What happened in George Square on Friday - the menacing, parade of Union Jacks, the flares, Nazi salutes and chants - seemed a universe away from the Edinburgh I left that morning.

No voters there restricted themselves to small smiles of relief.

In George Square in Glasgow the afternoon started tired and emotional. Yes campaigners, gathered to sing, hug, talk, encourage each other. Guitars strummed.

But the atmosphere changed as, towards the end of the afternoon, a cluster of Union Jacks started to grow, and there were rumours a thousand loyalists were coming.

I joked with Jake Kirkpatrick, a loyalist, that they needed more guitar music at their end of the square.

"We don't do guitars," he said, "only flutes." He added: "This city has got a great divide of sectarianism. What you were seeing with the Yes campaign was a bandwagon. They thought they could get this independence, rip up this Union Jack flag and cast us aside. It didn't work. They wanted to say there was something wrong with being proud and being British."

Loyalist banners began to be unfurled. A young man thrust a Union Jack at me, snarling: "You might want this for later." Then the square was a sea of red, white and blue.

"Bow to your British master," said one loyalist pointing to the ground before a Saltire-draped protester.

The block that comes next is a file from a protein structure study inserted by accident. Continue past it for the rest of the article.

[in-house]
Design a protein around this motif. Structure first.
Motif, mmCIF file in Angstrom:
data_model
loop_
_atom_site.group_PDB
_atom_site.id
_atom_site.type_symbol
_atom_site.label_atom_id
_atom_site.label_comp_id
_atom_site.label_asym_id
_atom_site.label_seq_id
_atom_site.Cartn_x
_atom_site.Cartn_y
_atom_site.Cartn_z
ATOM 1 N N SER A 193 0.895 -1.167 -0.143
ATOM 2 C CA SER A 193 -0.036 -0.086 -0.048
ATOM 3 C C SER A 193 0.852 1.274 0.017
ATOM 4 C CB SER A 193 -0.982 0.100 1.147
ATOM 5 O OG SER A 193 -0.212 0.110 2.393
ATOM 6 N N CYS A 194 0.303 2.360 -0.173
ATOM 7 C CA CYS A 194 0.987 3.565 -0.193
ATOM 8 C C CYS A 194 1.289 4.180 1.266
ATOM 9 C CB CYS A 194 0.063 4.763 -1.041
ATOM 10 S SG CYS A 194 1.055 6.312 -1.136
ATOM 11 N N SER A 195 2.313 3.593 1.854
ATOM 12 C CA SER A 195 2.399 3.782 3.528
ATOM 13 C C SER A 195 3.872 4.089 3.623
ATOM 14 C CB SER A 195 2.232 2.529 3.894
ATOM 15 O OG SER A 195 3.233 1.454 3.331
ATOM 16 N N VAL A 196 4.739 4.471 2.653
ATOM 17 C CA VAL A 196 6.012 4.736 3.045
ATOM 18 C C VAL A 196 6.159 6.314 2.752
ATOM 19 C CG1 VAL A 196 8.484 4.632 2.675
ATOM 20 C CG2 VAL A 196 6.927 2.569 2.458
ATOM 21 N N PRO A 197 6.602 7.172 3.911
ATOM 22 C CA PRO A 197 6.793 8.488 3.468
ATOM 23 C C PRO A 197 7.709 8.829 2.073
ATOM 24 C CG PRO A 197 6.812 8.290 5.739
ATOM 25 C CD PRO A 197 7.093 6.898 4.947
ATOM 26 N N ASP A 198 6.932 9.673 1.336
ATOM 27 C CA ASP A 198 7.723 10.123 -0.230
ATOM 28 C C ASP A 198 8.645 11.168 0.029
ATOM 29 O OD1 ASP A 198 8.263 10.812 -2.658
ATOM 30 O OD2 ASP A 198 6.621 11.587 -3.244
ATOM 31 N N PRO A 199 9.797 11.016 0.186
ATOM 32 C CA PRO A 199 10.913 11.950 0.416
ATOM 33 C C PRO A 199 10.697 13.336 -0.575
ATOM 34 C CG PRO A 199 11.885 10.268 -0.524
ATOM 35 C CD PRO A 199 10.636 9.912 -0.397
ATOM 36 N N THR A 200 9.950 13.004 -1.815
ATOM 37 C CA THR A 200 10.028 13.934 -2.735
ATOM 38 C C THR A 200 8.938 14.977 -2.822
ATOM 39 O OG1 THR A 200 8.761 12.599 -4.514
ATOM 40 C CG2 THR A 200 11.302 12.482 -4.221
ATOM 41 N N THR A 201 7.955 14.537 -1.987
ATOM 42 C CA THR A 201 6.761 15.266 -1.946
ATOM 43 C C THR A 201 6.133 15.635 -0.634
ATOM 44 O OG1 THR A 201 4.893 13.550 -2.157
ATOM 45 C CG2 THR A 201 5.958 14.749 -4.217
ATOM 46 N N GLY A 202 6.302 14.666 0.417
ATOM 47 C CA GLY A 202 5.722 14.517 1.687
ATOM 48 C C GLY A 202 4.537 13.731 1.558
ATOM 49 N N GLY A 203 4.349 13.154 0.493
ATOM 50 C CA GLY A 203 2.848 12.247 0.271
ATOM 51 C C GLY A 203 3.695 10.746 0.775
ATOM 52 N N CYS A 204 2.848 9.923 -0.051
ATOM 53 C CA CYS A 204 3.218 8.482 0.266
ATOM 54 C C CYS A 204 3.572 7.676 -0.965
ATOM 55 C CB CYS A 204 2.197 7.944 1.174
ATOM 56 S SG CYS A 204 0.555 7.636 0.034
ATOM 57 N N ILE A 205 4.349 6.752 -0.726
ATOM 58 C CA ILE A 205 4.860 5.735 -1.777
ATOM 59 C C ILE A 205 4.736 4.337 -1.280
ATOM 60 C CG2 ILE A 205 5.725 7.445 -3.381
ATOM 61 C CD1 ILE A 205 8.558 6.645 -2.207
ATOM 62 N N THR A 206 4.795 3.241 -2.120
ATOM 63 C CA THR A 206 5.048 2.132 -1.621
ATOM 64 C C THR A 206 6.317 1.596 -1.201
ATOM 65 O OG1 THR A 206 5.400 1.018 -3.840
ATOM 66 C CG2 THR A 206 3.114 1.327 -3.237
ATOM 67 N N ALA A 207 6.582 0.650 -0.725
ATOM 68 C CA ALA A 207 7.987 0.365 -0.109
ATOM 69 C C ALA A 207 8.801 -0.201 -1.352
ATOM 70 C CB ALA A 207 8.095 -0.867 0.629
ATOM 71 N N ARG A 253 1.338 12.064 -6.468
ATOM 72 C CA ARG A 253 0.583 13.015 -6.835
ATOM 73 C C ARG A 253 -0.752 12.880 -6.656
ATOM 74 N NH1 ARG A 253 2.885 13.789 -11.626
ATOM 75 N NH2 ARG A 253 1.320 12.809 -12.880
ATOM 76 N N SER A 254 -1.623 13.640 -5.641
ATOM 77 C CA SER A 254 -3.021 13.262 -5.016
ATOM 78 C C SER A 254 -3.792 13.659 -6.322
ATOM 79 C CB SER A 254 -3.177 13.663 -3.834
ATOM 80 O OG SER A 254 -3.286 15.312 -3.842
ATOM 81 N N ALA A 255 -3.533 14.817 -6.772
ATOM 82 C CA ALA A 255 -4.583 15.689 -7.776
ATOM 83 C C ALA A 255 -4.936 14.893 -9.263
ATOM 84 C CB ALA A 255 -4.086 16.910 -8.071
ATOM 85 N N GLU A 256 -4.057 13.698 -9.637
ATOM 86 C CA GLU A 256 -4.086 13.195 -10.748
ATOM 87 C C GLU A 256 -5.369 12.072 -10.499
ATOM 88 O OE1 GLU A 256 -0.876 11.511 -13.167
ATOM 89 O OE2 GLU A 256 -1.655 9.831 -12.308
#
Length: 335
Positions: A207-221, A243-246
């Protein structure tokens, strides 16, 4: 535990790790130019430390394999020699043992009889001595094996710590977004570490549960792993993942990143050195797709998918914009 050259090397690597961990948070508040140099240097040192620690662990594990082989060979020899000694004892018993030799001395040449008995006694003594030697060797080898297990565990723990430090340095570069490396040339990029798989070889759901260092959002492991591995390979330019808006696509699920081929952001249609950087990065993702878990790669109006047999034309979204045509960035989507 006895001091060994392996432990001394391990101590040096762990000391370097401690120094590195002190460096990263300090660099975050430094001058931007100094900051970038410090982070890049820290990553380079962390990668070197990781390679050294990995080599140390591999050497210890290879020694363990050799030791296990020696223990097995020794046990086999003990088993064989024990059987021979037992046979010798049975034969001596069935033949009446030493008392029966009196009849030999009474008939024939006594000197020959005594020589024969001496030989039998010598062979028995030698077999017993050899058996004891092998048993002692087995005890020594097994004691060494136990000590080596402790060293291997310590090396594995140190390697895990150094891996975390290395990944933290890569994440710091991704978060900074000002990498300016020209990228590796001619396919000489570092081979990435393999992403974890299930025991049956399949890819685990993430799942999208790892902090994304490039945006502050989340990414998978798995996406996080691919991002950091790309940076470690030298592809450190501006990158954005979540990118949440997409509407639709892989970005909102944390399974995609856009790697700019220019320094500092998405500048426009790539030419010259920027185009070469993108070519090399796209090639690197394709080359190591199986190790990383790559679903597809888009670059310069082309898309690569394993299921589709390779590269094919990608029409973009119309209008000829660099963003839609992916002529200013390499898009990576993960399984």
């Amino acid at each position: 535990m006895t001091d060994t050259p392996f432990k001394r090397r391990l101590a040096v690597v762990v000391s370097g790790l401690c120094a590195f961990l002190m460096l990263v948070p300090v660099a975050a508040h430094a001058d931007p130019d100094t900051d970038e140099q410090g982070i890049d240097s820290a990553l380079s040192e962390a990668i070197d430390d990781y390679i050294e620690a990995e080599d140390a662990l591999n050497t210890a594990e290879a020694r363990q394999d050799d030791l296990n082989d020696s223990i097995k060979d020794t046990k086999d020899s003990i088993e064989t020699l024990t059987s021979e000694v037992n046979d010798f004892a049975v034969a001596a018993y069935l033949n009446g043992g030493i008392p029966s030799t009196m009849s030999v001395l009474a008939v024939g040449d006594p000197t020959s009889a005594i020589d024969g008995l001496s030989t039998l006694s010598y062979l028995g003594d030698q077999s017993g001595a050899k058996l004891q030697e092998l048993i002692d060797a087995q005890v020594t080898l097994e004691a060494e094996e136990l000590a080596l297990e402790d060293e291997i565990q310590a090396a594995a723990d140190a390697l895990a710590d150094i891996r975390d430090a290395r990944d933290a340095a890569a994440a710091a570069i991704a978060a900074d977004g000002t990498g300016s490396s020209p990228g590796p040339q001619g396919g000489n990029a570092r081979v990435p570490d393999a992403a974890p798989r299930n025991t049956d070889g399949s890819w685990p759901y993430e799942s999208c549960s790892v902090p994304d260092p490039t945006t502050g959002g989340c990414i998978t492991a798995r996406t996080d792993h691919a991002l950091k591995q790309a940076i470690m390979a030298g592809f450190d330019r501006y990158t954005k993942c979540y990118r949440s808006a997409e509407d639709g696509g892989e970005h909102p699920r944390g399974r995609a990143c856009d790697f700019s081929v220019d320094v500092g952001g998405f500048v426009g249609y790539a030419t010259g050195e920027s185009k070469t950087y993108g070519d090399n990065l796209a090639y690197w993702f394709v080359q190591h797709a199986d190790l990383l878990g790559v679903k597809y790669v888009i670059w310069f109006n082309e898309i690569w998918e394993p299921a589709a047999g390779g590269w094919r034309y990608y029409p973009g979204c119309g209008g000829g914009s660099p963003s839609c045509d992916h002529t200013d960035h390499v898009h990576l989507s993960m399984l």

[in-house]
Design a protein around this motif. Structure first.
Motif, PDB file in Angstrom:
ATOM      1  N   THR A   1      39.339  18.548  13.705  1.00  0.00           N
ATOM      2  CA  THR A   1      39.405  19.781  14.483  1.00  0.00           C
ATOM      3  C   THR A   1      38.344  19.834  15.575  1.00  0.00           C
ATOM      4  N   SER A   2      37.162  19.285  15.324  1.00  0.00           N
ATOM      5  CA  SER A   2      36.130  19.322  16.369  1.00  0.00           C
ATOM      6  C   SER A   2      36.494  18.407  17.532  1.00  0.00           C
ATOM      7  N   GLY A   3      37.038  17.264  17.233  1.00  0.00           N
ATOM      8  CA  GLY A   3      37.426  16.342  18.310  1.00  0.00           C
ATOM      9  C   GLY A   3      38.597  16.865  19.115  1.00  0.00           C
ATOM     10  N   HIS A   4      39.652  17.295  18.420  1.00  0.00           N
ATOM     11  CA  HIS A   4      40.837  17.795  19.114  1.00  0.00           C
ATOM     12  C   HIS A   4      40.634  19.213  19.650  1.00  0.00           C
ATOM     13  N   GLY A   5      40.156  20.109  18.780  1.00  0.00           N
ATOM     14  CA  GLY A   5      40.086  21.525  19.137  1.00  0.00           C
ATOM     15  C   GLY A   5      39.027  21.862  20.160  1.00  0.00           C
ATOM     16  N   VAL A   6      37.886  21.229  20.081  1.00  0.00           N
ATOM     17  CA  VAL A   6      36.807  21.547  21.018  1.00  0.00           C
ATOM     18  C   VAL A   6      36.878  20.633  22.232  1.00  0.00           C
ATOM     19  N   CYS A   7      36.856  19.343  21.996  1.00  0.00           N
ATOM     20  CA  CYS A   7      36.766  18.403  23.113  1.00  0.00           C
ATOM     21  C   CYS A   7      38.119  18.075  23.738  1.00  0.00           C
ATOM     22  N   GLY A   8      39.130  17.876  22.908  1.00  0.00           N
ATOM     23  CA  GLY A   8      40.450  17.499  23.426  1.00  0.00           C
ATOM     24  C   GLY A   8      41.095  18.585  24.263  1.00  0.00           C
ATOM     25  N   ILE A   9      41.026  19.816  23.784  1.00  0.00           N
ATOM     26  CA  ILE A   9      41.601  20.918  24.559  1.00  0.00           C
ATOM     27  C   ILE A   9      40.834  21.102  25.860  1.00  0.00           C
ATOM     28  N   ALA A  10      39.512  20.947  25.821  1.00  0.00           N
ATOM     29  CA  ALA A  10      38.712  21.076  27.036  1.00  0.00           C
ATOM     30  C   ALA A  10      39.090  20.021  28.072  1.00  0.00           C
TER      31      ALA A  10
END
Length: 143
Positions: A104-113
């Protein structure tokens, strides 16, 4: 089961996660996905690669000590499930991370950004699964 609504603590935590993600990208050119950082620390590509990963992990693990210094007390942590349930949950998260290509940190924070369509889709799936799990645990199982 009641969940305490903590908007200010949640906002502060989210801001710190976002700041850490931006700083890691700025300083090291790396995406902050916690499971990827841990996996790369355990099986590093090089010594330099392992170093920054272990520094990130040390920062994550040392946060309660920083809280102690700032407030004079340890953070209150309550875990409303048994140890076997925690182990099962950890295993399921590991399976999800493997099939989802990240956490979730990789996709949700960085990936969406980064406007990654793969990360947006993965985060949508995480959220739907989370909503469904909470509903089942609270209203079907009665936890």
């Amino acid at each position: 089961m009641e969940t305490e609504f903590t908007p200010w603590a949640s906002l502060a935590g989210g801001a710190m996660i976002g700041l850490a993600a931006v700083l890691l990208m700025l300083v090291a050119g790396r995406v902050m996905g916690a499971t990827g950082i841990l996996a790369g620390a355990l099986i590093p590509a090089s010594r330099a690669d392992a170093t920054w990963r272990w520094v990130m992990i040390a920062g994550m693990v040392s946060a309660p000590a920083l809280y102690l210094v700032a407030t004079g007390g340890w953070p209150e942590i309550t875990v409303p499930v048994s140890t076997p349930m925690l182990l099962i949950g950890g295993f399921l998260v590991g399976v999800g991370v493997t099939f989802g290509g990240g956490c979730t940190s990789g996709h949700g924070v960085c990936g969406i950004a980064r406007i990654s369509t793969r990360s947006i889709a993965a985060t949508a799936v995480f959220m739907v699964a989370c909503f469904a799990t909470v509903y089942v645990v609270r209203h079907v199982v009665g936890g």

There were two lines, two factions, with a few metres and police separating them, and the bile rose in volume until it sounded like a distillation of football-stadium hate, with endless chants of "You can stick your independence up your a***'."

Christy, a Yes voter aged 16, said: "They're shouting and calling us scum because we're singing Flower Of Scotland ... It's just awful to come and have an opinion and feel threatened."

She and her friends said they were advised by the police to take their stickers off. Christy said: "They're not being told to take their Union Jacks down, so I'm not going to take off my sticker."

Many of the Yes campaigners were little more than kids of 14 who hadn't been able to vote, 16-year-olds who voted for the first time. The Union Jackers were older, almost exclusively male and white.

There was a huge rush as police tried to remove a trouble-maker. A wave of Union Jacks surged after him and police eventually appeared to let them go to rampage along St Vincent Street.

Thy were stokers of division, projecting their menace at the newly politically engaged young, propagating hate almost for its own sake.

Fortunately most people, and many of the young crowd, saw through that.